We All Want To Take Better Photos
Between new techniques, new gear, and just the creative process, photographers are never through learning their craft. The more advice you seek out and employ, the better your resulting pictures will be. So here's my list to get the beginning underwater photographer started.
-Whenever possible, shoot up at the subject. At the very least this will contrast it against a blue background.
-Practice taking a variety of shots. The staples in the tool chest of any good underwater photographer are macro, close-focus wide-angle, over/under, and portraits. It is easier to branch out once you have mastered the basics.
-Do your homework and know what you will probably be shooting. Google image search the location ahead of time and plan accordingly. Take the time to know your target subjects before you splash. A good critter ID course can do a budding photographer wonders.
-Go out of your way to find an enthralling subject. Most of my diving is spent targeting something specific that I think might look good in a photo.
-Probably the most important advice one can give is get out there! Taking top-quality underwater photographs won’t happen your first time out. Take every opportunity to get wet and eventually, you’ll get it.
Photography is all about controlling light. The more you understand that, the better your photos will be. There are three basic settings in the camera that affect the total light hitting the sensor.
-Shutter speed is the easiest variable to grasp. The longer the shutter is open, the more light gets in, but the more motion will be blurred. If you want to freeze a fast moving animal, use a shutter speed of 1/200 sec. or faster. If you want to make the water at the shoreline look like silk, use a shutter speed of 1 second or more.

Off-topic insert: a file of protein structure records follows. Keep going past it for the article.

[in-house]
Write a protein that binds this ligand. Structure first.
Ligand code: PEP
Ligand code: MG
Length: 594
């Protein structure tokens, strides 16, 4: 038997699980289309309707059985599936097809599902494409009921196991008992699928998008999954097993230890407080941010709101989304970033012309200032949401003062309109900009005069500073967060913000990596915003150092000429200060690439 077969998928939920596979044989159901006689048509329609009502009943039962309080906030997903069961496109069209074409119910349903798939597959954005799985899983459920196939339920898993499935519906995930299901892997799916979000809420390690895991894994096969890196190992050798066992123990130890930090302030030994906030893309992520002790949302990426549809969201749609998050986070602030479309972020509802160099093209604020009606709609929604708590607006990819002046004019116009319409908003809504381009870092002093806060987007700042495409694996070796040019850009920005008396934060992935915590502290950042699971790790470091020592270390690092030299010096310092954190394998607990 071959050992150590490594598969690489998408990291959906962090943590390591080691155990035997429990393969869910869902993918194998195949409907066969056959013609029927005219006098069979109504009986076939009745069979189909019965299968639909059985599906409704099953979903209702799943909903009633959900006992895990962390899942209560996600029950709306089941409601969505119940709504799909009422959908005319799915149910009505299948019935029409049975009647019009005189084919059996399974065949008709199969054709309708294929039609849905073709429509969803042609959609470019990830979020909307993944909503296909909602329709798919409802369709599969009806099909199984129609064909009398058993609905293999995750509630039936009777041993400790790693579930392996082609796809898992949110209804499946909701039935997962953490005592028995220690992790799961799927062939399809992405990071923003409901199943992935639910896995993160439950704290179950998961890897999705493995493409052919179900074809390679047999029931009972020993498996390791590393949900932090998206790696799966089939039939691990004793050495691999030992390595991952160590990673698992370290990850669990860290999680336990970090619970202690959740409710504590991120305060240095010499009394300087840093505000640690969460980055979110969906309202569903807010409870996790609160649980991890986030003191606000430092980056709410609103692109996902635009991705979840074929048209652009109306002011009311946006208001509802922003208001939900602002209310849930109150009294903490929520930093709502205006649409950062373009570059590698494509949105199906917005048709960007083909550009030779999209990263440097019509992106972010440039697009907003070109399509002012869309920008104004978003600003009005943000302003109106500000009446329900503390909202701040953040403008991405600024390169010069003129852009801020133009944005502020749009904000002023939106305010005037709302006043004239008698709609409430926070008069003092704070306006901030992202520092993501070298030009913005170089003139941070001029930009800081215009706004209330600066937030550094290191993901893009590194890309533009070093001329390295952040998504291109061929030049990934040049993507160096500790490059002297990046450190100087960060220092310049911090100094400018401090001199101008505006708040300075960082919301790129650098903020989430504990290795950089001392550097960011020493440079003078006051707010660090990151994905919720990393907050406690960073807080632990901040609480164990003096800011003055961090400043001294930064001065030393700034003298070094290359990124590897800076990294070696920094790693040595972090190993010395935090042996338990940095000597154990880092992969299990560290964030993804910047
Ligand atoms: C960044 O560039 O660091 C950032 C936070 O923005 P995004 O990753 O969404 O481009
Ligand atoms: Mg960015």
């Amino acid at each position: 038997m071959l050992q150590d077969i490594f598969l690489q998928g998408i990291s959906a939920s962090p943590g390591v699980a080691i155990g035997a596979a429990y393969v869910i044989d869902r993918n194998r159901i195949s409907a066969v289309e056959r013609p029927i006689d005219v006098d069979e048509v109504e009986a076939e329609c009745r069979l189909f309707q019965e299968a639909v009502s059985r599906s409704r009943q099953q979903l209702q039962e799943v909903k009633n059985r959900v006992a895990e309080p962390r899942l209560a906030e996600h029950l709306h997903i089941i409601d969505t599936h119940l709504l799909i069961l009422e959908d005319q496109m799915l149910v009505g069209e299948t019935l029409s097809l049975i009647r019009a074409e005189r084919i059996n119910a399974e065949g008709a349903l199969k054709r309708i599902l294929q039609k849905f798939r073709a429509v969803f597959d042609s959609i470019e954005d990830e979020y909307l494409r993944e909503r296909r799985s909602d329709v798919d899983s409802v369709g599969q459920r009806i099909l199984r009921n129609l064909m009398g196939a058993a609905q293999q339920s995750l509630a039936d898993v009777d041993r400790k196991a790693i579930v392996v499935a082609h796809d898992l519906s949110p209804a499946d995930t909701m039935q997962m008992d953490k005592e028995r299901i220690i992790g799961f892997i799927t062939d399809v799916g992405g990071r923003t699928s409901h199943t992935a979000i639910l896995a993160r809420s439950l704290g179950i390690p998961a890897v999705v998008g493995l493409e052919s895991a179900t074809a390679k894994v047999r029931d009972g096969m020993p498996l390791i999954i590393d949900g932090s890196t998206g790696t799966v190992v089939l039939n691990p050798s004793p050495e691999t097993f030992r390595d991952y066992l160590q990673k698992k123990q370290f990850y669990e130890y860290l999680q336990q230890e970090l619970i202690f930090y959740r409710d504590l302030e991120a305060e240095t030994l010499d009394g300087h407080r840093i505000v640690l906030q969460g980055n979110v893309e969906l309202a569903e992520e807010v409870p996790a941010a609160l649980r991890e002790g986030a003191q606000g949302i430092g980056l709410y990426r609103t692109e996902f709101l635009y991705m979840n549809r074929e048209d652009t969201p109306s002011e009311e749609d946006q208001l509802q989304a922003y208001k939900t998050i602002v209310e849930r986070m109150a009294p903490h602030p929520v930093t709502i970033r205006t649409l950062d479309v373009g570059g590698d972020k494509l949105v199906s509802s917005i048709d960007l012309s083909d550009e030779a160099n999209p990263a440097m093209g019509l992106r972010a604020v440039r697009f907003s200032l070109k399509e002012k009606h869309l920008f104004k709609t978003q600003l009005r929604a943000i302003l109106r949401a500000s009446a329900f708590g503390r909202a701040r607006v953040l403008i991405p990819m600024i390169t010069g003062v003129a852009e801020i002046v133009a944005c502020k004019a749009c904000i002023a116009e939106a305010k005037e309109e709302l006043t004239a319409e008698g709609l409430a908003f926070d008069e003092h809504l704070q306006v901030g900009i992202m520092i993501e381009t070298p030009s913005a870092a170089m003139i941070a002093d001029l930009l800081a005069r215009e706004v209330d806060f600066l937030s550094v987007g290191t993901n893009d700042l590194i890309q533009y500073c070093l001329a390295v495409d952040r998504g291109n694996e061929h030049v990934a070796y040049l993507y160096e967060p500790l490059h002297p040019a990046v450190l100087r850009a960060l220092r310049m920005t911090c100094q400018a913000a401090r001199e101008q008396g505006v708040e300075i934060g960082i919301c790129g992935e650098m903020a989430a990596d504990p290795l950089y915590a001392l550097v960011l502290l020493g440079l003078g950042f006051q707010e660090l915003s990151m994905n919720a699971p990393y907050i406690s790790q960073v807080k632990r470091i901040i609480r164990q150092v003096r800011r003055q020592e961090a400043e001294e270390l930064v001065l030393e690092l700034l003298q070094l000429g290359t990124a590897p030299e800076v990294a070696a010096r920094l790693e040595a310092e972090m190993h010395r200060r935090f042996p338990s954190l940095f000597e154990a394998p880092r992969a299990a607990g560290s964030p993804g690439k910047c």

-Aperture (F-stop) adjusts the size of the hole through which the light passes in the camera. The aperture number adjusts your depth of field (how much stuff is in focus) in a direct relationship. Thus a smaller aperture number (for example f/2) means only a slice of space will be in focus and a lot of light will enter the camera. A larger aperture number (f/16) puts everything in focus but lets very little light in. Ansel Adams used very small apertures for his landscapes because he wanted the foreground to be as in focus as his backgrounds.
-ISO is how sensitive the sensor is to light. Low iso’s (iso 100) require more light but generally make higher quality images. High iso’s work well in darker areas and dimly lit rooms but tend to show a higher amount of digital noise.
-Get the best quality dry camera and housing combination available within your budget. Better optics and thus better pictures tend to come from established camera manufacturers like Canon and Nikon as opposed to the companies that make cameras specifically for water use.
-Know your equipment. Read the manual and practice in your living room before stepping into the water.
-Even better, you can start weaning yourself off of the camera’s automatic modes. Start by shooting aperture or shutter priority mode. The priority modes make learning to shoot manual less intimidating by forcing the photographer to alter one setting at a time. For example, aperture priority lets you set the aperture and the camera will calculate the shutter-speed to achieve the exposure you want.
-Save enough money for an external strobe. If it comes down to investing in a better camera or getting a strobe, go for the extra light. A strobe will add a new dimension to your photography experience.
-If you can’t afford a strobe (yet), learn how to set a custom white balance. This will adjust the colors in the photo to compensate for whatever color your world is. In underwater photography, this primarily means replacing the missing red values.